Raghbendra Jha is a Professor of Economics and Executive Director of the Australia South Asia Research Centre, Arndt-Cordon Division of Economics, ANU. Professor Jha is also on the Panel of Experts and is a consultant for many organisations around the world.
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The COVID-19 pandemic poses unprecedented challenges for agriculture and food security, and governments must take action, Raghbendra Jha writes.
In 2016, even before the COVID-19 crisis, the Food and Agriculture Organization estimated that 815 million people or 10.7 per cent of the population at that time were going hungry. The Status of Food Insecurity report in 2015 revealed that there were 780 million undernourished people in 2014-16 in developing regions of the world alone.
The COVID-19 crisis will only exacerbate these crises. Currently the world is concerned about disruption of supply chains in pharmaceuticals, personal protective equipment, and the like. But with large scale displacement of rural labour in large parts of the world and countries restricting food exports the disruption in food supply will soon become evident. Indeed, the United Nations has warned of the risk of global famines.
The COVID-19 crisis will have multi-faceted impacts on the world economy and society, but this article confines itself to the core areas of food insecurity, public health, and environmental degradation.
Before discussing these issues, a few matters should be put to rest. First, the COVID-19 crisis has revealed that the world is globalised – at least in the sense that all peoples and countries are affected by the virus and all are engaged in finding solutions.
Second, given the grim hunger, poverty, and under-nutrition statistics, it is defeatist to argue that we should give up on economic growth and go through a phase of what has been called ‘slowbalisation’. For decades growing national incomes and world trade have lifted hundreds of millions out of poverty, hunger, and disease.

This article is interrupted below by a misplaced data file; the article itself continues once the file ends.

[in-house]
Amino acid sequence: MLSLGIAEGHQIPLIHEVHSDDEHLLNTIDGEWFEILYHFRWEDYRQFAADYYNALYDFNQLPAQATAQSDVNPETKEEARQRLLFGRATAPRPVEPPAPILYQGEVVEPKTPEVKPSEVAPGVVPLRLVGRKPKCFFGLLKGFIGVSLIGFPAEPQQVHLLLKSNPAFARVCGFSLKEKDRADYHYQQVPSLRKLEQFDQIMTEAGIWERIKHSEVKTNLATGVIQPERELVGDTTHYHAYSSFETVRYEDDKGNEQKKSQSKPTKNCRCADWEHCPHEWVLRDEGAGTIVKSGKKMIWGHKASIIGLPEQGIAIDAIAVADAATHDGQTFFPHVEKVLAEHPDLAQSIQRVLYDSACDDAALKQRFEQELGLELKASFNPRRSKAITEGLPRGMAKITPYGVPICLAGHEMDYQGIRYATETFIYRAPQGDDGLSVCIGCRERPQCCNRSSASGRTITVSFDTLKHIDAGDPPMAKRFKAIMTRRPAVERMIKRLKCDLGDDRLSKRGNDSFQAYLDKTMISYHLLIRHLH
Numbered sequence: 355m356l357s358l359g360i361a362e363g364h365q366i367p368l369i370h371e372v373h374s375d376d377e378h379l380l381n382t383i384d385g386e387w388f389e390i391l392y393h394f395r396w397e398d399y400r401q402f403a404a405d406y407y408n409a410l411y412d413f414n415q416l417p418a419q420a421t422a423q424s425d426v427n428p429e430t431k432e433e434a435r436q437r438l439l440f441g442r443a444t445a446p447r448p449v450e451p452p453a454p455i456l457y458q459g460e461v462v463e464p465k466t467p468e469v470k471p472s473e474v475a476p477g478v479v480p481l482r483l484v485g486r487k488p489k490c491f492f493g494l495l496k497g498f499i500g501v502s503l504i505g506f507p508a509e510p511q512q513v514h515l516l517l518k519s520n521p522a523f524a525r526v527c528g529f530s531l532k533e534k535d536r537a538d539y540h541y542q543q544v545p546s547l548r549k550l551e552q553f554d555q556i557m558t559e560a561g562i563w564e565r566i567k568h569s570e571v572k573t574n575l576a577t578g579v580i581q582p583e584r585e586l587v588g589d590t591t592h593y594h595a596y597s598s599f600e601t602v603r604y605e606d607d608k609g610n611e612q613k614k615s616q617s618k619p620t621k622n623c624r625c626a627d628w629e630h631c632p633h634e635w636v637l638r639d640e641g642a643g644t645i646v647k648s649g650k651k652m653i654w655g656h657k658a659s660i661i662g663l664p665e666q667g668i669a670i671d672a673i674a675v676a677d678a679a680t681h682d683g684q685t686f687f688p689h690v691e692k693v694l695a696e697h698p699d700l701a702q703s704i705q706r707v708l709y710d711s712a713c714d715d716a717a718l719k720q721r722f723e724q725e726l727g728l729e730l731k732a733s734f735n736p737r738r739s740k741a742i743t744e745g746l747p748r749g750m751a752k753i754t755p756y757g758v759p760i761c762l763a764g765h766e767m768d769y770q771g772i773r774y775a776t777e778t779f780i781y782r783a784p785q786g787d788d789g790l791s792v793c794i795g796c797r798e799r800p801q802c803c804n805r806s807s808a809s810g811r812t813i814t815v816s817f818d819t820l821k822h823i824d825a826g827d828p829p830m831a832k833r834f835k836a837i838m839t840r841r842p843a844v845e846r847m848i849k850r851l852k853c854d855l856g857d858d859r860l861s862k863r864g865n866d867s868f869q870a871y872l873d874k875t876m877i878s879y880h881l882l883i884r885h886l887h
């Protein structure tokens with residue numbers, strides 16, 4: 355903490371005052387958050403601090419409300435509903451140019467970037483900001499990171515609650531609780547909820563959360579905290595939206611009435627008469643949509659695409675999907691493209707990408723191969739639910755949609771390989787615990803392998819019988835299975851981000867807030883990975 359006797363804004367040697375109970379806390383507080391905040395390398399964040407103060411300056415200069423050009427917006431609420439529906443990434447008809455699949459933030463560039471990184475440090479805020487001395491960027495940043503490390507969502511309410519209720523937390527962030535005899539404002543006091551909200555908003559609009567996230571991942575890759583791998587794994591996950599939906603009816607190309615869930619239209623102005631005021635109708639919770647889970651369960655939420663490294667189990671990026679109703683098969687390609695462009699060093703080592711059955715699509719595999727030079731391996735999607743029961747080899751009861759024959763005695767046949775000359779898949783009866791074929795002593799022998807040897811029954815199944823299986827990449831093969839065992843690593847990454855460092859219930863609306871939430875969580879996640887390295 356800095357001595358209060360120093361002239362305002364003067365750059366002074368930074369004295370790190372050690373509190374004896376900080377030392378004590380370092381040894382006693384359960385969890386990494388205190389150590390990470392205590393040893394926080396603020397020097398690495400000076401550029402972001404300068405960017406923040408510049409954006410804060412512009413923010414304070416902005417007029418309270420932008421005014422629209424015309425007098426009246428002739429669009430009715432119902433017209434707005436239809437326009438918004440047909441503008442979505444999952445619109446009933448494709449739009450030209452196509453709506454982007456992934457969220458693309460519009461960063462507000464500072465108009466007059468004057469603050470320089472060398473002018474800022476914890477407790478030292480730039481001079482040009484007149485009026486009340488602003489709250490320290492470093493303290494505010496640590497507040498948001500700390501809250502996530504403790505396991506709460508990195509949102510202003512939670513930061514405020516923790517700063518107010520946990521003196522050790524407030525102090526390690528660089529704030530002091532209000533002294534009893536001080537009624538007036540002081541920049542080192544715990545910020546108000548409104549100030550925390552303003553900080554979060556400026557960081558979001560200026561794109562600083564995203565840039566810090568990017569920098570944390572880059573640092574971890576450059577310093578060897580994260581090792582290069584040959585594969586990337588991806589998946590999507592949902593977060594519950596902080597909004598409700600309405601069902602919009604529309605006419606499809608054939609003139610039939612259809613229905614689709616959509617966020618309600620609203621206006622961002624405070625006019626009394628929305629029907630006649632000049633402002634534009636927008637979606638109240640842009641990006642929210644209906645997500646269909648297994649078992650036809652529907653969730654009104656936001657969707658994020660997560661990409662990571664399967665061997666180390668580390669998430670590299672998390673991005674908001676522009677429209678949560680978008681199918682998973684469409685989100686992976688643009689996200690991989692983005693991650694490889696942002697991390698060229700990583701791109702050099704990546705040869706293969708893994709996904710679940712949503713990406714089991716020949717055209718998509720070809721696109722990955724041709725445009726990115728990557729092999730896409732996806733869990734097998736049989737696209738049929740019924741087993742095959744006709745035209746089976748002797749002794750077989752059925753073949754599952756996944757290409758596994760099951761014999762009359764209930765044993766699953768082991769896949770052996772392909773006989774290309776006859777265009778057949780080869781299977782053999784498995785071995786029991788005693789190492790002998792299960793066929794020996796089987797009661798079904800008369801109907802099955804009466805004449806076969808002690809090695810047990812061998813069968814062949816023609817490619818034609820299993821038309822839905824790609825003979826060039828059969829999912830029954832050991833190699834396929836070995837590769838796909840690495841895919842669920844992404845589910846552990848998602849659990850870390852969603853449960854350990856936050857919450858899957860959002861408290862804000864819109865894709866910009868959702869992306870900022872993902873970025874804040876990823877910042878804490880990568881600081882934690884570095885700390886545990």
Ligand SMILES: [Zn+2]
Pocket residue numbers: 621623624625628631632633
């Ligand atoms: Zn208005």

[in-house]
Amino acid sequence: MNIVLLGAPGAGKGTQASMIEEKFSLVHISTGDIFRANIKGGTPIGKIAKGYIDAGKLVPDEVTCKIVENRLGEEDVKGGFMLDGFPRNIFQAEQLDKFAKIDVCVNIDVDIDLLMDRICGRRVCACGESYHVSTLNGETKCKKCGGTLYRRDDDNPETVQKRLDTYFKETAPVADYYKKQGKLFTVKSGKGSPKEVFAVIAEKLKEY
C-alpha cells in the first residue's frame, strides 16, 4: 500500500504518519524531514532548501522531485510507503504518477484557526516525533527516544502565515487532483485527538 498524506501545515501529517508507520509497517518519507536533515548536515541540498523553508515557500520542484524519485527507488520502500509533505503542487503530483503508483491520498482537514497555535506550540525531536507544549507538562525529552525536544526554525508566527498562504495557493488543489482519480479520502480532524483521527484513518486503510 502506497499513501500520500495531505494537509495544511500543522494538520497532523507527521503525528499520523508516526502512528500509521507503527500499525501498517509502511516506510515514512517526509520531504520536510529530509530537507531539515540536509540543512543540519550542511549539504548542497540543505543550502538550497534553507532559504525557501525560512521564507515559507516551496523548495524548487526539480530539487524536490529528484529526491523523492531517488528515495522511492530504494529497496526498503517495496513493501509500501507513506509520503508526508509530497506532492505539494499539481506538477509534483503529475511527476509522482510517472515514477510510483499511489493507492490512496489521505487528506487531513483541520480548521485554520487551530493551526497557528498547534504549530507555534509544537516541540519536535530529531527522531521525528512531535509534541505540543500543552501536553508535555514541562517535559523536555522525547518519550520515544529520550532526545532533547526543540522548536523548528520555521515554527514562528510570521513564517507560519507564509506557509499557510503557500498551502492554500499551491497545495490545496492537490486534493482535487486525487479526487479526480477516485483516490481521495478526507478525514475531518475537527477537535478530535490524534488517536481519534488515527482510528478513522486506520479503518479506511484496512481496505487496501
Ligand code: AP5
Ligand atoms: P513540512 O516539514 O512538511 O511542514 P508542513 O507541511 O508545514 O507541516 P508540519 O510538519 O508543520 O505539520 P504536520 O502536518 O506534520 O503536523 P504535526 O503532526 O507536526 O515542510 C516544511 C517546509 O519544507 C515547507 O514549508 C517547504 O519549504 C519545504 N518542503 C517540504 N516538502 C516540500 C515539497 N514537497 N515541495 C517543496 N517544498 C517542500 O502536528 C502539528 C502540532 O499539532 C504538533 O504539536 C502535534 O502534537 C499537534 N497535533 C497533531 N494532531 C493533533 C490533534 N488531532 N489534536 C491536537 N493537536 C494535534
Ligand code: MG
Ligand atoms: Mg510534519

Third, it is not entirely accurate to suggest that rapid economic growth is alone responsible for environmental degradation. Indeed, recent literature has also argued that it is a certain pattern of private consumption rather than income growth per se that is the prime determinant of environmental degradation – which is defined broadly to include several factors including carbon emissions.
So, the essential challenge is to keep economic growth rates high while reducing the rate of consumption growth at the margin. What is needed is an expenditure switch.
Perhaps the most compelling reason is the anticipated rate and distribution of population growth in the world. The United Nations estimates that just nine countries are expected to account for more than half the population growth between 2017 and 2050.
This, along with rapid pace of urbanisation, implies that agricultural land in these countries is under threat of being taken over by urban sprawl. Much of this land is highly fertile as it occupies basins of some major rivers.
Furthermore, growth in agricultural productivity is not keeping up with that required to feed the world’s growing population. Along with these supply constraints urban centres’ development leads to further pressures on other natural resources, in particular, water.
As communities urbanise, food demand goes up, along with a sharp increase in urban land area.
As a consequence of this, there are serious concerns about the availability of adequate food. As is well known, there is a distinction between food security and agricultural production. The economics of food and access to it is complex, and the mere availability of food does not guarantee the attainment of food security. Thus, large parts of the world were looking at a neo-Malthusian future, even before the COVID-19 crisis.
Some studies have discussed policy measures that need to be undertaken to ensure that there is adequate food security for all by 2050. Two – the first on the supply side and the second on the demand side – are discussed below.
An obvious policy prescription is to raise the productivity of land to enhance crop yields. This requires a massive investment in agricultural research. What is needed is to enhance the incentive to invest in agricultural research through targeted subsidies. This is the first major required switch in aggregate consumption.
On the demand side, the diversion of grain to feed farm animals should be curtailed, if not eliminated. This would need a tax on meat and other products, which is a market-based solution. The consumption of crops by farm animals is creating an externality, reducing access to food for millions which the market is unable to price. A consumption tax on meat would serve this purpose. The diversion of crops to production of biomass, ethanol and other products should be restricted by taxing these products.
The revenue raised from both taxes could be used for subsidising agricultural research and development to stimulate more agricultural output for food and augment public health expenditures. The COVID-19 pandemic poses unprecedented challenges for food security. Judiciously targeted expenditure switches which can be financed without unduly burdening government budgets could form part of the policy response to this challenge.